Does this mean there aren't serious roles for governments to play in this and we should leave the manufacturing to free enterprise who get to decide what, where, when and how? Is the capitalist system that free there's no role for a regulator?
Its good to see that not everybody here has a straightforward Yes Opinion!!!
America has so many great fundamentals working for it.
The Biggest is a Strong and consistent culture of Entrepreneurship and Innovation.
The Second great issue is Energy-We are on the Verge of becoming an Energy Surplus Nation very soon-Unlike China ,the Europe or any of our other Main competitors in Manufacturing thanks primarily to the Shale Gas Boom;we are really blessed with Cheap,Plentiful and Easy Energy(not to mention Coal).We don't have to resort to all Funny tricks with So-called Green Energy and can just focus on the Business of Delivering the Highest Quality Products at the cheapest possible price.
You are extremely lucky in Scandinavia to have an awesome system of Governance and Government that actually works and where the people who rise to the Top in Government(and actually Control the Levers of power) are by and large good people.
Other parts of the world are not so Lucky.
America is one of those countries.
America is today totally overtaken by Crony Capitalist Interests who ZERO interest in Serving the Country or looking out for everybody.
Which is why we here consistently push for the Government to have as Minimal a role as possible and especially in the space of Business and Taxes.
We want people to be able to take care of themselves and become more Independent.Depending on a bankrupt Government for sustainence or Ideas is most definitely not the way to go.
Very interesting metaphor when you mention 'fix' & 'government' in the same sentence............when the government gets involved .......'the fix is in'..........in my humble opinion I believe the gvt would only make things worse by adding more bureaucracy to everything they stick their tentacles into........I do not think there is an easy answer to this problem.......the gvt should play a role .......but an extremly minor one @ best. I will go back to dropping the tax rate.......that should be the 1st thing addressed if we are going to start a policy discussion. To me if this POTUS gets reelected then all bets will be off in regards to this matter. I believe his opponent would help to foster a better business climate in this country........Clinton said it best "it's the economy" ...........for now social issues should be back burnered and the economy should be priorty #1.
EBN Dialogue enables and encourages you to participate in live chats with notable leaders and luminaries. Not only editors and journalists, but the entire EBN community is able to comment and ask questions. Listed below are upcoming and archived chats.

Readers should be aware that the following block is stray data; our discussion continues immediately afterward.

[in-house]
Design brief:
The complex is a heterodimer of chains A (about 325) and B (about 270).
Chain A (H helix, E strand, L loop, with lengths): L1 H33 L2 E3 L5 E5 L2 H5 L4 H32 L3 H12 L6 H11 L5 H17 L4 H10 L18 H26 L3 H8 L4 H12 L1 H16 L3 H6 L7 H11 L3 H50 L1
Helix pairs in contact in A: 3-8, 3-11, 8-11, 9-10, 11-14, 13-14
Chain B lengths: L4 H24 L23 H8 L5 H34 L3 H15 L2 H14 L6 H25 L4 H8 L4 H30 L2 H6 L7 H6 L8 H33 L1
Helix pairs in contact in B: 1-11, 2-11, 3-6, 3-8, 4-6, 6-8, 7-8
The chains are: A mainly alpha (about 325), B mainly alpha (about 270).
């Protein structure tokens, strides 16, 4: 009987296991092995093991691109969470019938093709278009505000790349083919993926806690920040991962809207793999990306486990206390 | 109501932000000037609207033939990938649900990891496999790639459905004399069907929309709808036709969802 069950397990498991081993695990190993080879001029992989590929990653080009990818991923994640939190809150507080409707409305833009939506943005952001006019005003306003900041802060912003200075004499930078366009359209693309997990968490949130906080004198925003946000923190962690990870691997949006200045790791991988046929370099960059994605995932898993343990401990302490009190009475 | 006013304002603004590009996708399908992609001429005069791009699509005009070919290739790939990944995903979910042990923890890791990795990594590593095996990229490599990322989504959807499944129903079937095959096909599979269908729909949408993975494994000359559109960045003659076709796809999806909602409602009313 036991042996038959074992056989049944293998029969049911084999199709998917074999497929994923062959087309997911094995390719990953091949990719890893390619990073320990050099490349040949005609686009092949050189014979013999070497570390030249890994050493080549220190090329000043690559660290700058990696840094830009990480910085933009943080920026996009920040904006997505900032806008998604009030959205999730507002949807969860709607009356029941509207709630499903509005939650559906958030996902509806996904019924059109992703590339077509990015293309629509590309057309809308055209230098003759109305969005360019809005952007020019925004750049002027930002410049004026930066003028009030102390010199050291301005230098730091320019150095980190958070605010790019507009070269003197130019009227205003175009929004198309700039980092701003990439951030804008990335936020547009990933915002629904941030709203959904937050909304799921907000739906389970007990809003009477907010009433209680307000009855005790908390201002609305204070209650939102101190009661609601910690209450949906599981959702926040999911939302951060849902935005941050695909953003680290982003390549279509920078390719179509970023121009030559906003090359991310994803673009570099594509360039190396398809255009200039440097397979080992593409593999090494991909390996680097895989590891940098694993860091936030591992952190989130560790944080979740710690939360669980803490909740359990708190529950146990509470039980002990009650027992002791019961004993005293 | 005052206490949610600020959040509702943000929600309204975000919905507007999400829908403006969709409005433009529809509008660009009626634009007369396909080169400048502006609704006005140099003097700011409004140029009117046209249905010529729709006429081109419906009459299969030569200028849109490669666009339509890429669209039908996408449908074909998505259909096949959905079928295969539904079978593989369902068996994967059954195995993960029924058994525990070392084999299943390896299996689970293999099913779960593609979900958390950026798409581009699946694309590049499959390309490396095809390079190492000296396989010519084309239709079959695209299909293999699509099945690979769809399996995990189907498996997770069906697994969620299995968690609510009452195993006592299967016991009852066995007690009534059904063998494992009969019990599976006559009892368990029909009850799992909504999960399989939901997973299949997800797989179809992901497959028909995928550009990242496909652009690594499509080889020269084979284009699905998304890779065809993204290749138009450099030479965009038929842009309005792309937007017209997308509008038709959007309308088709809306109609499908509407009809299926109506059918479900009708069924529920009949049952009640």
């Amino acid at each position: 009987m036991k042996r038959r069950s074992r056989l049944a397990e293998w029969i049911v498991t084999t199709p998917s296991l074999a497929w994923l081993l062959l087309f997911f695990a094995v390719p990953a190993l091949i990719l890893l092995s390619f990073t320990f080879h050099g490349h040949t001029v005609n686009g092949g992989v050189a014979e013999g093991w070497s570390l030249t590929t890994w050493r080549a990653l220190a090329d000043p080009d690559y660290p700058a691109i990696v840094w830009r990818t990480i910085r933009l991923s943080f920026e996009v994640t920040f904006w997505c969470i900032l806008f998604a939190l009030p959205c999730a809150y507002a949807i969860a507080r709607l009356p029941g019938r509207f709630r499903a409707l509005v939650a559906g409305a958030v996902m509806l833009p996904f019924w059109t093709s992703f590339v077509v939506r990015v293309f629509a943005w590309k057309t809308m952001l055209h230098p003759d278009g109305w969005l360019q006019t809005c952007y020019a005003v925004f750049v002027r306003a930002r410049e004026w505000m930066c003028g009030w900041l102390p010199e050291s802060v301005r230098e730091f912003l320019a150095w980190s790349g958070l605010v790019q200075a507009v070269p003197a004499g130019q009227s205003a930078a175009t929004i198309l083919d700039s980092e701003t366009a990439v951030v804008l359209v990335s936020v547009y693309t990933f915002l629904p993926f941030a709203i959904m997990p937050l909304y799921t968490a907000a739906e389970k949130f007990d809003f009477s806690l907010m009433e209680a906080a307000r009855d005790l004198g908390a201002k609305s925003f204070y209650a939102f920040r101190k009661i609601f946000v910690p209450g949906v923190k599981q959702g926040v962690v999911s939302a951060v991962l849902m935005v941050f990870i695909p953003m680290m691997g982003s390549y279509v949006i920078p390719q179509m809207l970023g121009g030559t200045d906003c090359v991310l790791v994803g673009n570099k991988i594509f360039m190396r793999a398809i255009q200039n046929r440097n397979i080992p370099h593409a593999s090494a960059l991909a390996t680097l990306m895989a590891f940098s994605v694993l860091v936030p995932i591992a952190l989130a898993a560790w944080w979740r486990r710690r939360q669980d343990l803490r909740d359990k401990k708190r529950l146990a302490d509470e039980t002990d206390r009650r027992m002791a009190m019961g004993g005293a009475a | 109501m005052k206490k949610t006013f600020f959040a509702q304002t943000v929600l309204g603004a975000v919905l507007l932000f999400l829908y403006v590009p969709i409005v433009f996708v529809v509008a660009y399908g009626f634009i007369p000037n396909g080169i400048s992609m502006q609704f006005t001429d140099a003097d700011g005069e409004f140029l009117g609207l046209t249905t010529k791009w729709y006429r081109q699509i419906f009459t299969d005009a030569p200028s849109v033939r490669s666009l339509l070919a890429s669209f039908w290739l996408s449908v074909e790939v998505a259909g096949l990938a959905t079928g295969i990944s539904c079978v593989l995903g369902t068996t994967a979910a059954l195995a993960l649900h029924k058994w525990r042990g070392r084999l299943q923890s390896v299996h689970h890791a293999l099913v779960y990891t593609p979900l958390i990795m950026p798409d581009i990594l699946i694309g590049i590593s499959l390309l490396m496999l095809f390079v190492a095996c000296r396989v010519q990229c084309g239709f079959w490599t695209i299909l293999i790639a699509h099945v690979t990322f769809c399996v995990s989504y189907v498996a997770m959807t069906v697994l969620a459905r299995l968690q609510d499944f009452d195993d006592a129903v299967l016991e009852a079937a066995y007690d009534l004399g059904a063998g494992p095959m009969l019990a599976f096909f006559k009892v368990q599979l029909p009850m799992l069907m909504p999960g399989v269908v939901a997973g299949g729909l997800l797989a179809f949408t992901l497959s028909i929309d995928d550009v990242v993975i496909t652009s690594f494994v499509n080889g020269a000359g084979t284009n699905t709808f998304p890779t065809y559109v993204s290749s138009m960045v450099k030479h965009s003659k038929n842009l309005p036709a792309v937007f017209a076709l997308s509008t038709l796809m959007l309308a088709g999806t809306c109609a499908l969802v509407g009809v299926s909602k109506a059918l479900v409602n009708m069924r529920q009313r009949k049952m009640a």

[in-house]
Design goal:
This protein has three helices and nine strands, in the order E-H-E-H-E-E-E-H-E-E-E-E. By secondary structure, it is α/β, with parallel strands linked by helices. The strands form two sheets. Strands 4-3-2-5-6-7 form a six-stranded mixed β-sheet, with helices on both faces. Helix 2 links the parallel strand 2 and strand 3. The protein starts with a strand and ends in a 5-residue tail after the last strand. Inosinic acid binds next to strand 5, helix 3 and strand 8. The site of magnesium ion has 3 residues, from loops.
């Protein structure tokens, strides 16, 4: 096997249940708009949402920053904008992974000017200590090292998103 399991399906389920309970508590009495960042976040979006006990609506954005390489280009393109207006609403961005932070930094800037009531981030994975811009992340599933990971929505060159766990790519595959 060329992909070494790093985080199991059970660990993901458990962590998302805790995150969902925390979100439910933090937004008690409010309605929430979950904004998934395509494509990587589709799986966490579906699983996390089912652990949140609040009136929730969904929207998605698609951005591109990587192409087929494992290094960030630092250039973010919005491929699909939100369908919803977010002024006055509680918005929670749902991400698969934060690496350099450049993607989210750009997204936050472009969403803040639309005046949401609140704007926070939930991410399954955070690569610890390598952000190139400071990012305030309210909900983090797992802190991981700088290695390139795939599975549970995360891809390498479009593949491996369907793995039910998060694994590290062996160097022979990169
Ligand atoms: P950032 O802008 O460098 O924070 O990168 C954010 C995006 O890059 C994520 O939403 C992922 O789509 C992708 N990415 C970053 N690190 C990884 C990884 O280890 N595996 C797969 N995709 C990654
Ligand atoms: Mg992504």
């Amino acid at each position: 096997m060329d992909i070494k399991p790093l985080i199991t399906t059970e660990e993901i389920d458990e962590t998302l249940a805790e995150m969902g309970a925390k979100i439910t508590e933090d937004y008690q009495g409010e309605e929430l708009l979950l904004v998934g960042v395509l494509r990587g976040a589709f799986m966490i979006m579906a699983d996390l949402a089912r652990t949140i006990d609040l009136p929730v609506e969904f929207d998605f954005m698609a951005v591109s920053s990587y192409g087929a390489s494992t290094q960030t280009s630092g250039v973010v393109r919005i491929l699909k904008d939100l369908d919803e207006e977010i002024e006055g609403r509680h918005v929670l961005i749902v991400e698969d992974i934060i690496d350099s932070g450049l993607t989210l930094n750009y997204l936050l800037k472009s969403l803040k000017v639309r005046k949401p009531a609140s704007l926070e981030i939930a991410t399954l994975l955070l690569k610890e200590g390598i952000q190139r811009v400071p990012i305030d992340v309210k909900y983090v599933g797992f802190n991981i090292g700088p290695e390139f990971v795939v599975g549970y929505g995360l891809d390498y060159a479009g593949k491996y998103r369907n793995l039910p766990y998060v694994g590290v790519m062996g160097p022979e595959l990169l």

Thailand Stages a Comeback Join EBN contributor Jennifer Baljko on Thursday August 23, 2012, at 11:00 a.m. EST for a live chat on how electronic manufacturers in Thailand have shored up their supply chain to reduce the impact of future natural disasters.
Microsoft Surface: Potential Winners & Losers What are the implications for the electronics industry supply chain of Microsoft Corp.'s decision to launch its own tablet PC? Join industry veteran and EE Times' systems and OEM expert Rick Merritt on Tuesday, July 3, at 12:00 pm EDT for a Live Chat on this subject.
Join EBN contributor Jennifer Baljko on Thursday August 23, 2012, at 11:00 a.m. EST for a live chat on how electronic manufacturers in Thailand have shored up their supply chain to reduce the impact of future natural disasters.
Peter Drucker famously said "Trying to predict the future is like trying to drive down a country road at night with no lights while looking out the back window." Yet in the razor's-edge world of electronics—with a lean supply chain and just-in-time demands—the need to know the future is vital.
While no one really can accurately predict the future, we can take guidance from another Drucker saying which is the best way to predict the future is to create it.
You've heard the saying "the No. 1 supply chain risk is your people." That hasn't always been the case. But today's complex global supply chain requires a new type of multitalented employee. It's one who understands, finance, marketing, economics, is savvy with technology, graceful with relationships and can think analytically.
Where are these people? Are universities properly preparing the next generation supply chain professionals? How do train your existing workforce for these new, demanding positions?
Brian Fuller, editor-in-chief of EBN, will lead a 60-minute Avnet Velocity panel discussion that will ask and answer these and other questions swirling around today's supply-chain talent challenges.